I'm curious if there are any best-practices that can be followed to avoid customers being targeted by scammers in communities facilitated by Lithium. For example, one major technology company uses Lithium for their customer support forums. They allow brand-new accounts to send private messages to other customer accounts. Those PMs then arrive in the customer's email looking very much like legitimate correspondence from the company. Scammers are using this to send fraudulent phone numbers, where they pretend to be support. They then charge the customer for fake support contracts or fool them into installing malware. Their forum shows several instances of people who've fallen for it.
To get the ball rolling, I would suggest that brand new accounts (or likely any user account) shouldn't be able to send a private message. It's more dangerous than it's worth.
What other changes could be made to limit the ability of scammers to pray upon users? Is there a list somewhere?
DON'T TRUST WHAT YOU SEE BELOW, WE MIGHT HAVE LED A CROOK RIGHT TO YOU isn't a great message to be sending to a customer, especially at a time when they're looking to address a problem. We wouldn't put wording like that in ad copy or other customer facing material.
It would be fascinating to see some data on larger boards on the usage of private messages. How many messages are actually useful in solving the customer's problem (and restoring feelings towards the company) vs how many are: scams, negative voices ("Good luck getting that fixed! What a stupid question! Send me your picture!"), or incorrect answers that leave the customer further confused. I'd think all of these things would be better addressed in the open.
For companies that still decide PMs are worth it, are there any tools in the works (or available now) for applying machine learning to Private Messages and routing messages that score as scams or abusive to a moderator?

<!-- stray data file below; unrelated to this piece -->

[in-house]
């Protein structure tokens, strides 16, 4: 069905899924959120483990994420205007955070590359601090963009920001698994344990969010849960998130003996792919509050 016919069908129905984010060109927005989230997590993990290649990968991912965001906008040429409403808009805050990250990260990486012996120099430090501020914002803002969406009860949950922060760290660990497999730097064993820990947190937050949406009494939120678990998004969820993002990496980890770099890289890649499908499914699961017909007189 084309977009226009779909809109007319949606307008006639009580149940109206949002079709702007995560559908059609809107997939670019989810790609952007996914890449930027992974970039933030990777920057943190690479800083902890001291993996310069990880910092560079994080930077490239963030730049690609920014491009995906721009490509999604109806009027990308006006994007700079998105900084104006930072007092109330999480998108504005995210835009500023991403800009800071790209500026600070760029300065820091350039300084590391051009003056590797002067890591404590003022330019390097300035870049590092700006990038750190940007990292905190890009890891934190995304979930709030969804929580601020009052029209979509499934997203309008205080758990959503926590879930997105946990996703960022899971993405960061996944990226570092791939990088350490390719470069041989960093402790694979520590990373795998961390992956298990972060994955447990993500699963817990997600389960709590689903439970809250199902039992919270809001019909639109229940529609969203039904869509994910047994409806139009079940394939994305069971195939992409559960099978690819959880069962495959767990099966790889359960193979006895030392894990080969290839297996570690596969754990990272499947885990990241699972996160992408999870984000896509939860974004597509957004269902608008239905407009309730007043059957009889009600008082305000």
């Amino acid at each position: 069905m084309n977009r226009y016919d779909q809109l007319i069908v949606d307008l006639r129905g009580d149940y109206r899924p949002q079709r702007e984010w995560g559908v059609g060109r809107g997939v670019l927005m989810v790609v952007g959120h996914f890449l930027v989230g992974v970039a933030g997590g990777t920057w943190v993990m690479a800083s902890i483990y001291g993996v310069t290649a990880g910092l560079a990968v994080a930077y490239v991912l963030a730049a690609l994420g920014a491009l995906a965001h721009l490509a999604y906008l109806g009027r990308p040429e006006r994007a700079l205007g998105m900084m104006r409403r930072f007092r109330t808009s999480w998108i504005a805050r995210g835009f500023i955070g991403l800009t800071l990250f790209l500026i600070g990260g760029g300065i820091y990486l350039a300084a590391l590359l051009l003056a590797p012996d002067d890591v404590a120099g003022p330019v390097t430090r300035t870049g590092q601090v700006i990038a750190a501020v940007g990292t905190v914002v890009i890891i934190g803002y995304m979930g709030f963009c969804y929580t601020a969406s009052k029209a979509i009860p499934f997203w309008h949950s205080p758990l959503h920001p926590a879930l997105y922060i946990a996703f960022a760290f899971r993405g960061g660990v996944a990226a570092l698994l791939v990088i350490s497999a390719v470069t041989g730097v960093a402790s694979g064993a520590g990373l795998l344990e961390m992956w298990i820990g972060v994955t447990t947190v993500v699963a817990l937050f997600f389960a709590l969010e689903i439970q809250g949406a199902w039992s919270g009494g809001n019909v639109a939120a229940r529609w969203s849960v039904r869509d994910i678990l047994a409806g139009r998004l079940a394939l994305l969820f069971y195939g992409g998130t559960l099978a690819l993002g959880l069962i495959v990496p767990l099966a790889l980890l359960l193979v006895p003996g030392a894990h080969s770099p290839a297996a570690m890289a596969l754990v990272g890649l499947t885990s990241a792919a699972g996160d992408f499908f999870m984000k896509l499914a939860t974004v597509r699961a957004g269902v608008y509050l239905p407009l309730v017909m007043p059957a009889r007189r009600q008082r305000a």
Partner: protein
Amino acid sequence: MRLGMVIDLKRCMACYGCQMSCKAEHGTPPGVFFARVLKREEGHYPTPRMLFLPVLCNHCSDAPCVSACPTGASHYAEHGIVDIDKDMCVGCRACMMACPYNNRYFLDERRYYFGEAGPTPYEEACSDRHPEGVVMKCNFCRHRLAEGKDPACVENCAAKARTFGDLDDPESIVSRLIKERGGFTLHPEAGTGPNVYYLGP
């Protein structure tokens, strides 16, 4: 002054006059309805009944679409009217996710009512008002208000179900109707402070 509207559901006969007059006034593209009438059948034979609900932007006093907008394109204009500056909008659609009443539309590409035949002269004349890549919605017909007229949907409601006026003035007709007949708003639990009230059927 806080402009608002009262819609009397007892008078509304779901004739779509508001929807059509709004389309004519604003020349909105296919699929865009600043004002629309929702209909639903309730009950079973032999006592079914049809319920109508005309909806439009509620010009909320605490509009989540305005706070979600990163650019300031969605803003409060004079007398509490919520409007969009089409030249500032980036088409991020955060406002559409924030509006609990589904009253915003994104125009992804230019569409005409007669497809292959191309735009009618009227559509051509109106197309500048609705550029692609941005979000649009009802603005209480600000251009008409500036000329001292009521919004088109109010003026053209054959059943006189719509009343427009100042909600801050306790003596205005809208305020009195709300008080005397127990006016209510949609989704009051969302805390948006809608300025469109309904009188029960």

Well, I was just sharing our approach to this, which works well enough in our case. We have chosen our wording carefully so users can identify a potentially scammer better. We know some fake companies/employees pretend to offer support as it came from us, this has been a common practice especially in the US.
I am sure there are many other ways to go about this and surely better as well. I guess he type of solution here also depends on your industry and the severity and consequences of such a scammer.
Good luck on your investigation
@bentwookie - Along with what @Wendy_S and @DanK mentioned, it is not always a great idea to have your newly registered users (some of which could be spammers) send the PM to other users. However, since a lot of genuine users want to send the PM to the mods, how about restricting them to sending a PM to only selected people, i.e. the mods until they reach a certain rank? That way, you won't have to worry about putting a note on the PM page and the genuine users won't have any issues to get what they are looking for.
All great points. Seems like big chunks of the problem could be mitigated, though no doubt the problem is always changing.
For as many messages I'm sure Lithium powered boards process, it sure seems like a nice machine learning problem.
We do our best to signpost which members are staff and which aren't - from the rank, the rank icon, the colour of their name, and even a page showing off who is who and what they do - and all staff private messages have this link in their signature:
But we have the opposite problem, where from time to time people ask our moderators to confirm that a member of staff is a member of staff!
We see those fake tech support numbers from time-time. Best to just ban them when they come up. In the UK the free phone prefix is 0800 - so we see O8OO pop-up a lot. Add to a PM Content Filter and disallow the message from being sent.
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